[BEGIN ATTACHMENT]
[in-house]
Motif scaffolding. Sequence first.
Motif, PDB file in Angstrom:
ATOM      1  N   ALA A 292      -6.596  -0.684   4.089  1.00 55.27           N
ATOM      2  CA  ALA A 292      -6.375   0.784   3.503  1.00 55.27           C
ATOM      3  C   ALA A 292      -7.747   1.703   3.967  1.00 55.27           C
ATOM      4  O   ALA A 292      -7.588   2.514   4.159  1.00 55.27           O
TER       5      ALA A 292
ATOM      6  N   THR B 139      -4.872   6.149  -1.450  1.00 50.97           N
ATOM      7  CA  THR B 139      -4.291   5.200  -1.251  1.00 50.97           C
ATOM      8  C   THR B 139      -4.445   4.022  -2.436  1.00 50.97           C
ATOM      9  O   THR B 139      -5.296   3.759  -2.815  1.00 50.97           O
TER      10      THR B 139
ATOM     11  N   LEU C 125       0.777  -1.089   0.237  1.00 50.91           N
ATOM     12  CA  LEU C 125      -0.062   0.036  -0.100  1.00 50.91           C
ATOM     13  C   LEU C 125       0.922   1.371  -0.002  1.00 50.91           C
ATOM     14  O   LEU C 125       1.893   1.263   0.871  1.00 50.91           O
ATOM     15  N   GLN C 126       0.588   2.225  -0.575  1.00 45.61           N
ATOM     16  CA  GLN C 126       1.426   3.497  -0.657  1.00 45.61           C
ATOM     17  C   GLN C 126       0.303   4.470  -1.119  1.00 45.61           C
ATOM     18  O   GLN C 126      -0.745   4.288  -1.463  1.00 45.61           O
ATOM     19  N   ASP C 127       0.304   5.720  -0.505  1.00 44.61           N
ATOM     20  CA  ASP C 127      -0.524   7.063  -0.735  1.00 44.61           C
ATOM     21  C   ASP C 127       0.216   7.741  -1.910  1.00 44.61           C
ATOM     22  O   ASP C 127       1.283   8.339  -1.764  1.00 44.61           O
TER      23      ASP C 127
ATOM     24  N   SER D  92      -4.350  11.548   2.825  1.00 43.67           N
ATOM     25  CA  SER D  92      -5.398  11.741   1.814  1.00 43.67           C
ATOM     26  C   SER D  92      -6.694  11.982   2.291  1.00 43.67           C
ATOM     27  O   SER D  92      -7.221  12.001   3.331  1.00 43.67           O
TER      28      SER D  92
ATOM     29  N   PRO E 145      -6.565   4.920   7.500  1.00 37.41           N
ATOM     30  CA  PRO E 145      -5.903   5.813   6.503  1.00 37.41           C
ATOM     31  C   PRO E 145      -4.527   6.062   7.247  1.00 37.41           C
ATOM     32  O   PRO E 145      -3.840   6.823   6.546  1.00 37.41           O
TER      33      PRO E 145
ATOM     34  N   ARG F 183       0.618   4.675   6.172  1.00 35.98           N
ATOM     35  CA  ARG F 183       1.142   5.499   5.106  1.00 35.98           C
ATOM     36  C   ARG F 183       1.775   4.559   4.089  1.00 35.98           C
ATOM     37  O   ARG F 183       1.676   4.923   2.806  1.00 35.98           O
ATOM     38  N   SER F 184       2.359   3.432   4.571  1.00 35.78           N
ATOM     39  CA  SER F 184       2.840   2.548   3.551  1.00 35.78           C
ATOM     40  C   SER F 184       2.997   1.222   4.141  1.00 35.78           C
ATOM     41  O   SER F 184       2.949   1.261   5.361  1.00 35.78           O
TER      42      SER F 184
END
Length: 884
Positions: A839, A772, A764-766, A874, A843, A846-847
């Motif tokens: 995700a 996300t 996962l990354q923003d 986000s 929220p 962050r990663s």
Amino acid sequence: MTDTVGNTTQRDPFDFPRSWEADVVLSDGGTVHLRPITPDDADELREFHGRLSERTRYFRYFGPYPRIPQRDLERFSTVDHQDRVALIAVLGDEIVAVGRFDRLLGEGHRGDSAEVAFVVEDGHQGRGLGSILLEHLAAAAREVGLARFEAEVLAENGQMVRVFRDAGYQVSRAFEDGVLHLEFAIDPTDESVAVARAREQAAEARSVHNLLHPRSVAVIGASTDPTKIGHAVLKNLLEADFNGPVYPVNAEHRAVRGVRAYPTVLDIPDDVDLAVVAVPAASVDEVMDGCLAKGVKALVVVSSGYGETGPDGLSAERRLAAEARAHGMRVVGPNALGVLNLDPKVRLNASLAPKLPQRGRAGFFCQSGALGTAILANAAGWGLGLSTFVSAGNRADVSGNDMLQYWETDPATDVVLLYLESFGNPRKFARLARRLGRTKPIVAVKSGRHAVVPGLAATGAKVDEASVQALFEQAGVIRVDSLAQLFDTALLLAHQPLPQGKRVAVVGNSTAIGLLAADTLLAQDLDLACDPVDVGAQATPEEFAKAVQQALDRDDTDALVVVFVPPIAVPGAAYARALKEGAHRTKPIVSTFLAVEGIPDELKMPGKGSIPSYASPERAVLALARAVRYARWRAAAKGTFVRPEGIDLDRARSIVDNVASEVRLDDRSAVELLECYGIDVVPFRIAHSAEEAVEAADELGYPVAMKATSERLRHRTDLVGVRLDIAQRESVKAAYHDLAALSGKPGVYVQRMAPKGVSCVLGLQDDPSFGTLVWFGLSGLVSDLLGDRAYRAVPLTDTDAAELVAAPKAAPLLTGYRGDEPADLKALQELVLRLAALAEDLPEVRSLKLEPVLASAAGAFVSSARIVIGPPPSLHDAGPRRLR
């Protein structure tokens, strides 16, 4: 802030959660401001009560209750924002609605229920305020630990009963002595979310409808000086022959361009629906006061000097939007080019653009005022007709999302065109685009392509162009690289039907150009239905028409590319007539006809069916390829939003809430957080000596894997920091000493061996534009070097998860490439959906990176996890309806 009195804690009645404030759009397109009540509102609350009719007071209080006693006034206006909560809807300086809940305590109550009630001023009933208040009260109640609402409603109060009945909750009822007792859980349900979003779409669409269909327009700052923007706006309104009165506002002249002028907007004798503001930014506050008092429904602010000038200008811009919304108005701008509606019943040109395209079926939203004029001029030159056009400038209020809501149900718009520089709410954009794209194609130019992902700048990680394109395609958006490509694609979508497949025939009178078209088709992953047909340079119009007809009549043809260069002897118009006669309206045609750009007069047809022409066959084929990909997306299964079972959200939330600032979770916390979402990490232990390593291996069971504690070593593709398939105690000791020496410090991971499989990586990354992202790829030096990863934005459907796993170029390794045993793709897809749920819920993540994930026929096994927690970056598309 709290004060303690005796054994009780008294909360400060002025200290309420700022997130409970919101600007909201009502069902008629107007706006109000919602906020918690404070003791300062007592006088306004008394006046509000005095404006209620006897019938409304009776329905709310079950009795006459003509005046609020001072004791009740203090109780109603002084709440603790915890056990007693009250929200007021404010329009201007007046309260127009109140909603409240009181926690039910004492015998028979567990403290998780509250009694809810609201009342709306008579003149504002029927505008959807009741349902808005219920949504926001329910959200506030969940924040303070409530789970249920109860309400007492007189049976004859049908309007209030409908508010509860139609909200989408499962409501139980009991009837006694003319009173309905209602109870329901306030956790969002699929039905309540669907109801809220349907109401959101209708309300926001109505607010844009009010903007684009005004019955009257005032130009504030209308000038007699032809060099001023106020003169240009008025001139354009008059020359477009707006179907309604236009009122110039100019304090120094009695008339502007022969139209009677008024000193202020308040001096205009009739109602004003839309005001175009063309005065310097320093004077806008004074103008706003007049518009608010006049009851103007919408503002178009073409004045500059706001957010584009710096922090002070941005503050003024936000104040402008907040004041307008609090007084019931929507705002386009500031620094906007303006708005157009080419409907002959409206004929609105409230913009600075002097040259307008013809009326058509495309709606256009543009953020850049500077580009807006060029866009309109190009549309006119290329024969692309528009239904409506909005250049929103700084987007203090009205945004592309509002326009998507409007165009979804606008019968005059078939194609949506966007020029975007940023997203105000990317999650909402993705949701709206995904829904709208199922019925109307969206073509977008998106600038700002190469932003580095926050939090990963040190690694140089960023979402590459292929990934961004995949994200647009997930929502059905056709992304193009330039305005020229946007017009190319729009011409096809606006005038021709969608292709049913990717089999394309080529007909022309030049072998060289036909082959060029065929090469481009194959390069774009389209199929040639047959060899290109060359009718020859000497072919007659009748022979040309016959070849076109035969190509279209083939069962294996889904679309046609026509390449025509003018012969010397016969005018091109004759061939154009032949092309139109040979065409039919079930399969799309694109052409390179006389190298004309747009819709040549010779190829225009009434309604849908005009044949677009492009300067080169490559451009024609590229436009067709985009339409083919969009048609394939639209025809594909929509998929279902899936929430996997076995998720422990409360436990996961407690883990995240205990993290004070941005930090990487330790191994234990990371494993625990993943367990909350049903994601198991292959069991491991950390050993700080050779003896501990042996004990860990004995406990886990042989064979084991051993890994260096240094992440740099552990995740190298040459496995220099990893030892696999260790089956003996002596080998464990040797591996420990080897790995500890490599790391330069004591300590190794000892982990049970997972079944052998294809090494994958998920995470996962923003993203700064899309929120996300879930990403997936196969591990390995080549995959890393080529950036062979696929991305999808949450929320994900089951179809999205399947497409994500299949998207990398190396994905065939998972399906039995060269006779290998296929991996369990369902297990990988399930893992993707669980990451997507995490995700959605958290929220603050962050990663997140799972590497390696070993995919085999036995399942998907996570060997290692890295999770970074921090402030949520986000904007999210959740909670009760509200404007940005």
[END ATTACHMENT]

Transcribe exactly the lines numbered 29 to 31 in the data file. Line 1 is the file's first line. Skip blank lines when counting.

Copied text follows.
ATOM     26  C   SER D  92      -6.694  11.982   2.291  1.00 43.67           C
ATOM     27  O   SER D  92      -7.221  12.001   3.331  1.00 43.67           O
TER      28      SER D  92